DJ Quik & Kurupt

BlaQKout

(Mad Science; 2009)

By Clayton Purdom | 17 July 2009

At its best, DJ Quik and Kurupt’s BlaQKout is a disarming and unexpected update of the West Coast sound made entirely and staggeringly relevant in a long post-Coast rap landscape. And by “at its best,” I pretty much mean “Do You Know”: melancholy sweeps of strings recall Primo’s august turns on Moment of Truth, while burbling bass lines and sliding cymbals keep the track rooted in the artists’ California history and phased vocal clips on the hook nod at post-Prefuse glitch-hop. This diaspora of influences is welded together with grace and a calm artistry; to their credit Quik and Kurupt refuse the overreach such sanguine production could’ve netted from less assured emcees, letting the beat breathe easy as just another smooth fuck-yeah on an album full of smooth fuck-yeahs. Two tracks later, the chorus of “Ohh!” does all of this again, fused differently and toward a different end, in about ten seconds. For the record, “Hey Playa!” is also absolute fire, 2009 model.

This is sorta strange, because DJ Quik’s an accomplished producer with no trademark besides high consistency, a sort of upterranean 9th Wonder who never sucks but also never transcends. He can fall into apish and anachronistic trend-hobbling here, as on the supremely irritating “Watcha Wan Do,” which I think is actually ripping off the 2001 hit “Get Ur Freak On,” and the totally serviceable g-funk of “Fuck Ya’ll” and the title track. As an emcee—at last, a producer that can rap and control the maestro!—Quik’s got a whiny Eazy-E cockiness that at its best gets a little Deltron freaky, as on the batshit stupid (in a good way) “Jupiter’s Critic and the Mind of Mars.”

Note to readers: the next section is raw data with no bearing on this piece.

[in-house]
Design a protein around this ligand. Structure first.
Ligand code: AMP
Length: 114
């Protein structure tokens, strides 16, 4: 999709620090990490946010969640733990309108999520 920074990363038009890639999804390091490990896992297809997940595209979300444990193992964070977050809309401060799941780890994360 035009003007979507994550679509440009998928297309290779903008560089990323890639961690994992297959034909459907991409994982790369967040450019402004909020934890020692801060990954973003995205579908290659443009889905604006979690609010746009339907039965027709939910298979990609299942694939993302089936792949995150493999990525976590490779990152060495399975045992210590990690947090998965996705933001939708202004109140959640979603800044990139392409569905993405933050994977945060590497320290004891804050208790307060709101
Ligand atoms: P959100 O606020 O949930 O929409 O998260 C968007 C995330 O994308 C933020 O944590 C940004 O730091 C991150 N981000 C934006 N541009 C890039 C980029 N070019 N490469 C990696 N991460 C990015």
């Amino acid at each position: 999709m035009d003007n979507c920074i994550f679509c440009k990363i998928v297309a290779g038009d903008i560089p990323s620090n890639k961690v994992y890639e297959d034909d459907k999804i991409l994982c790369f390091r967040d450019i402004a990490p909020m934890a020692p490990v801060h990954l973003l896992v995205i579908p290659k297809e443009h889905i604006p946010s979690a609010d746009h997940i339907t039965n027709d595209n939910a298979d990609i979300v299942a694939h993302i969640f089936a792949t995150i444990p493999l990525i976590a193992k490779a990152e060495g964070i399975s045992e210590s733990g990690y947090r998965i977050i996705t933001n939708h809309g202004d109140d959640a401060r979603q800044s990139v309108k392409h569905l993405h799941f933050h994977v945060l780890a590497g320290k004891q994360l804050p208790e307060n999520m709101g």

All in all he’s in top form, meaning above-average, but it’s a little disappointing to see it all funneled into so many smooth fuck-yeahs, with “The Reggae Track” and “The P-Funk Track” tacked on late in the runtime as variation. In theory these unimpressive tendencies could be leavened by the sturdy mic presence of Kurupt, who despite his awful name and career is a big, countrywide talent, contemporary of both Beanie Sigel and 2Pac and possessing a lot of the hardknock charm of both. Instead, Kurupt’s verses feel like addendums to the uneven but intermittently brilliant production, pasted onto the unambitious track structures and themes. Of course, this is West Coast rap, the kingdom of lowered expectations: I should note that much of this critical foot-shuffling can, provided the right intoxicants, be rendered blissfully, boundingly moot.